The way we work has changed too – we’ve swapped industrial-age repetitive work for more creative, tech-driven tasks, and our office space needs to be conducive to creativity and outside-the-box thinking. The big tech companies such as Google, Facebook and Twitter set the trend – when they set up in Ireland, their workplace set-up became a talking point: coffee stations, foosball tables, basketball hoops, exercise machines – it all sounded like a hipster’s paradise.

It wasn’t long before some smart young entrepreneurs were creating a new kind of serviced office – a space where people could work individually, in small groups or as an entire company, fitted out in a nice building, with eye-catching design elements, good use of floor space, and comfortable, user-friendly workstations.

“Co-working is where you go into a large area with lots of desks and you hot-desk. Flex-working is where you have a big company like Facebook taking 400 seats at 1GQ or Microsoft having 300-500 seats in 5 Harcourt,” says Fionnuala O’Buachalla, director of tenant representation at property company JLL. “They don’t want to sign up to long-term leases, and Ireland has among the longest leases in the world. That’s where the flex-space market in Dublin is really responding to that need. They’re able to accommodate those requirements.”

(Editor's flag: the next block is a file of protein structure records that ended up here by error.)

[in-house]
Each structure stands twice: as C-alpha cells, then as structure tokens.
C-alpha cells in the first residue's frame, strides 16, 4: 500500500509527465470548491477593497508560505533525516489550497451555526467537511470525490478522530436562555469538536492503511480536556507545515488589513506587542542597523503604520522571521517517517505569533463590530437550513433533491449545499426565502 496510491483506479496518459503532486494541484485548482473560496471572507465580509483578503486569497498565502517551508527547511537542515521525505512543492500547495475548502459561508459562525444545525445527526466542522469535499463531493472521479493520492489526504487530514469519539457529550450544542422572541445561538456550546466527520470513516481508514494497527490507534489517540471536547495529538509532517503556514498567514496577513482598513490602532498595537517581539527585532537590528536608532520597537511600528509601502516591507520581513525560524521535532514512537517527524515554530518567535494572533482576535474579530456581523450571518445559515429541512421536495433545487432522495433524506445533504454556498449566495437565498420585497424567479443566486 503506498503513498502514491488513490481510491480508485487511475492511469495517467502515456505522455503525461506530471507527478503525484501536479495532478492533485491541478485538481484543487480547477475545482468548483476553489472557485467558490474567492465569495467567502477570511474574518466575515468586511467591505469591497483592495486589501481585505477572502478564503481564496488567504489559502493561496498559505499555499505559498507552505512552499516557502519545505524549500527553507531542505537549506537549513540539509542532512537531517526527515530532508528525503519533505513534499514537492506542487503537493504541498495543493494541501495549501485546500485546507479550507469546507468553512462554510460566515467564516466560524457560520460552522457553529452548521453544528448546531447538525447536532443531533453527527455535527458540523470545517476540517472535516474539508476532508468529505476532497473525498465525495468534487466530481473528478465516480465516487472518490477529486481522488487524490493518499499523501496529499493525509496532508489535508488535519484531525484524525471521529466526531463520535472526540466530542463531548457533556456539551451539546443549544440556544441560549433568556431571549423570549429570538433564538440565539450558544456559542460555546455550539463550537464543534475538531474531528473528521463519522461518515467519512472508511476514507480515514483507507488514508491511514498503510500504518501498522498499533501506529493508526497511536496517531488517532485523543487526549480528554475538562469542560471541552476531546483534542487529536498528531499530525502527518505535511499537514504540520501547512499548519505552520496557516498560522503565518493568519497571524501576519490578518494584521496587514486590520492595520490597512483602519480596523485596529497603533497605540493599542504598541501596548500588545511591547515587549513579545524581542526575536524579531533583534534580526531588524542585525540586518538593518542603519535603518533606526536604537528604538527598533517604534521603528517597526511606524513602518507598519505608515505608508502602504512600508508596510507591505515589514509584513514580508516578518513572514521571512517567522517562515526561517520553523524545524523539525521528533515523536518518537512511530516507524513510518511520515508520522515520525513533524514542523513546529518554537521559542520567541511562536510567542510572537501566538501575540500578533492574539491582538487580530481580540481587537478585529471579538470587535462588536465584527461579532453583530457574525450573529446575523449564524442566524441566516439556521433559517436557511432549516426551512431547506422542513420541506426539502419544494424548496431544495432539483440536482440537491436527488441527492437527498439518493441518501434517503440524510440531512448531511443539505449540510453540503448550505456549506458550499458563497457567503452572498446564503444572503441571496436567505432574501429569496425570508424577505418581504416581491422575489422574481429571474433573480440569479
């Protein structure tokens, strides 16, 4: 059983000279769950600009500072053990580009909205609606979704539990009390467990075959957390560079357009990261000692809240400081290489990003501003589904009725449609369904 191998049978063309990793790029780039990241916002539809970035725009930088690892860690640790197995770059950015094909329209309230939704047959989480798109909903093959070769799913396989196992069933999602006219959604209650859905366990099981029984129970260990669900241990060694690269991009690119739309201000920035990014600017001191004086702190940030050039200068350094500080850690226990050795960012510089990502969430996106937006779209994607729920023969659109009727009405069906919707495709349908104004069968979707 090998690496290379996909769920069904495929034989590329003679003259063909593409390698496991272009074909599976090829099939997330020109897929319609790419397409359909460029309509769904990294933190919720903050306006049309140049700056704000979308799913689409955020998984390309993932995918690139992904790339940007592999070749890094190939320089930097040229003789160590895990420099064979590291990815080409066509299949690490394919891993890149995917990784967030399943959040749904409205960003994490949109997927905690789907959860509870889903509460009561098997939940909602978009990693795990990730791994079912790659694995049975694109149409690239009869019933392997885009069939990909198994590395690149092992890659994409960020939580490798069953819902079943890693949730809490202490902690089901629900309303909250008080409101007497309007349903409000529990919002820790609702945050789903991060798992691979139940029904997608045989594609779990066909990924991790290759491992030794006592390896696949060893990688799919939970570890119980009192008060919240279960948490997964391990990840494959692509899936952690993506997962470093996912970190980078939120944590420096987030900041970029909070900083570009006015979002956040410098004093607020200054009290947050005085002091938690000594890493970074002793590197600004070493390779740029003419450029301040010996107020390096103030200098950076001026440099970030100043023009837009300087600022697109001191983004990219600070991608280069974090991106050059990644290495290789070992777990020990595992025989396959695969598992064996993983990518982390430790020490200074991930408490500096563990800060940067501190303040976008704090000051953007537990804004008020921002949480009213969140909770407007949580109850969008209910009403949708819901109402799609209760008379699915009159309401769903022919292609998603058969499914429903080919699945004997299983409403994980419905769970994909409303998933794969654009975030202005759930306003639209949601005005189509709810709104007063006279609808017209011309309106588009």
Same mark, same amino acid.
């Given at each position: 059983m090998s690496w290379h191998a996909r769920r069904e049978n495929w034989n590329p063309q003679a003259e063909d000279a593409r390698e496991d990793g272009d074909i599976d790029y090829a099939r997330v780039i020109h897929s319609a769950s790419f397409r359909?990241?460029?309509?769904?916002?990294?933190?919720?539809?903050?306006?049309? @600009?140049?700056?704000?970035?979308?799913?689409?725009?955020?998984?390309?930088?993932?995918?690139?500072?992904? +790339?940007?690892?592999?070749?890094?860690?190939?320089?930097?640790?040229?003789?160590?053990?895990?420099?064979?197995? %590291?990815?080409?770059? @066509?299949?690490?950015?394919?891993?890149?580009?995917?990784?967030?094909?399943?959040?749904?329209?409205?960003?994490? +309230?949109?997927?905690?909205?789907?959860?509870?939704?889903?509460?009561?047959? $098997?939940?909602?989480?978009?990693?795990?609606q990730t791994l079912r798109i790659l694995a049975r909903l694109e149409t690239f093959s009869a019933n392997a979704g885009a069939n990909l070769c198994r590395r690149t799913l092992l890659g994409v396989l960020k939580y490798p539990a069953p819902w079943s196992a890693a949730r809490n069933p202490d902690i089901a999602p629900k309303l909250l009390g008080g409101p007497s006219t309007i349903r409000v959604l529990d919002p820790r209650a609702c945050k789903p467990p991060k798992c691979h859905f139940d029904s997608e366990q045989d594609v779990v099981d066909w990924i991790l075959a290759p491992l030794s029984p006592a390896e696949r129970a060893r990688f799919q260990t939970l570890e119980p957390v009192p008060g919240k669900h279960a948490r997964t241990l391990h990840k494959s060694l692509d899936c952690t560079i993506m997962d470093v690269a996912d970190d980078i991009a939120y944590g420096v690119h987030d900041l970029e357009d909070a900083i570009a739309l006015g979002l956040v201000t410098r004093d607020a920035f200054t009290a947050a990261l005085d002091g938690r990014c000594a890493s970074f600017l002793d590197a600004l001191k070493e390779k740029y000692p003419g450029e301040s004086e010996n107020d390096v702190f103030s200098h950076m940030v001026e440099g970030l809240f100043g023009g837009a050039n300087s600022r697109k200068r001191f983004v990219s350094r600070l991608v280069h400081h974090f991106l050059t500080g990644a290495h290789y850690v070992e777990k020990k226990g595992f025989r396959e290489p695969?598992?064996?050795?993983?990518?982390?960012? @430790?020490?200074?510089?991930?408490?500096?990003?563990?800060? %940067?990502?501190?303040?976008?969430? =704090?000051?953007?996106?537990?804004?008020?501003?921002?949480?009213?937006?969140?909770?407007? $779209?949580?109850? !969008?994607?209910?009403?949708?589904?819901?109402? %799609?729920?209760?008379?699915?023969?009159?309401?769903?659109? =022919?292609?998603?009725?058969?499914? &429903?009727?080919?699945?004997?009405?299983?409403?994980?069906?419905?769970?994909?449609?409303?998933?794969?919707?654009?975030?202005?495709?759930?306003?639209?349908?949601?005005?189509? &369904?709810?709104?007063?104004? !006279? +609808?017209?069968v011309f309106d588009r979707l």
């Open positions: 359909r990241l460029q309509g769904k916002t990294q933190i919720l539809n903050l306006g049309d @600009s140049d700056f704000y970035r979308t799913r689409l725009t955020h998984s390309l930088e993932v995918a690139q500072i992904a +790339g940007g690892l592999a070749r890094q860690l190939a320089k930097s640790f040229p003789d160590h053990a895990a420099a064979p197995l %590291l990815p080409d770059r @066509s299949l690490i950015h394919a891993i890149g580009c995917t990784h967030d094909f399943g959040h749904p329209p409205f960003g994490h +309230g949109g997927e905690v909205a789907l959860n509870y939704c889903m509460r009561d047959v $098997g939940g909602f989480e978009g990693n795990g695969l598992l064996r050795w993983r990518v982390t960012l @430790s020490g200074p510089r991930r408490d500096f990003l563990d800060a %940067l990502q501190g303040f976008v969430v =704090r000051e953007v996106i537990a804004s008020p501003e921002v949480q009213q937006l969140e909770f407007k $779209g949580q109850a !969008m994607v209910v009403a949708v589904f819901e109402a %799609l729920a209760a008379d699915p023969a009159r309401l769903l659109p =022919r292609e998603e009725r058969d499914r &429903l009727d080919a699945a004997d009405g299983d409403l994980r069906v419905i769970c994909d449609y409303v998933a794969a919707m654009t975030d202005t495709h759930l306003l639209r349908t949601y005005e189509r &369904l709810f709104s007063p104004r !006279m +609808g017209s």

There’s been a boom in customised office spaces, as smaller companies eschew the huge costs of commercial property and sign up for flexible working arrangements.

Into this market 12 months ago came WeWork, an American company, headquartered in New York, which provides shared workspaces for technology start-ups, entrepreneurs, small businesses and large enterprises. WeWork has a global network of dedicated workspaces, and it’s already taken 250,000sq ft in its first year here, with another 250,000sq ft in its sights.

Joe McGinley set up Iconic Offices five years ago, with the idea of making workplaces more aesthetically pleasing places to be as well as more productive. Ireland was in the teeth of a recession and McGinley could see that businesses were looking for more flexible and cost-effective ways of working, and they needed to be lean, mean trading machines in order to survive austerity.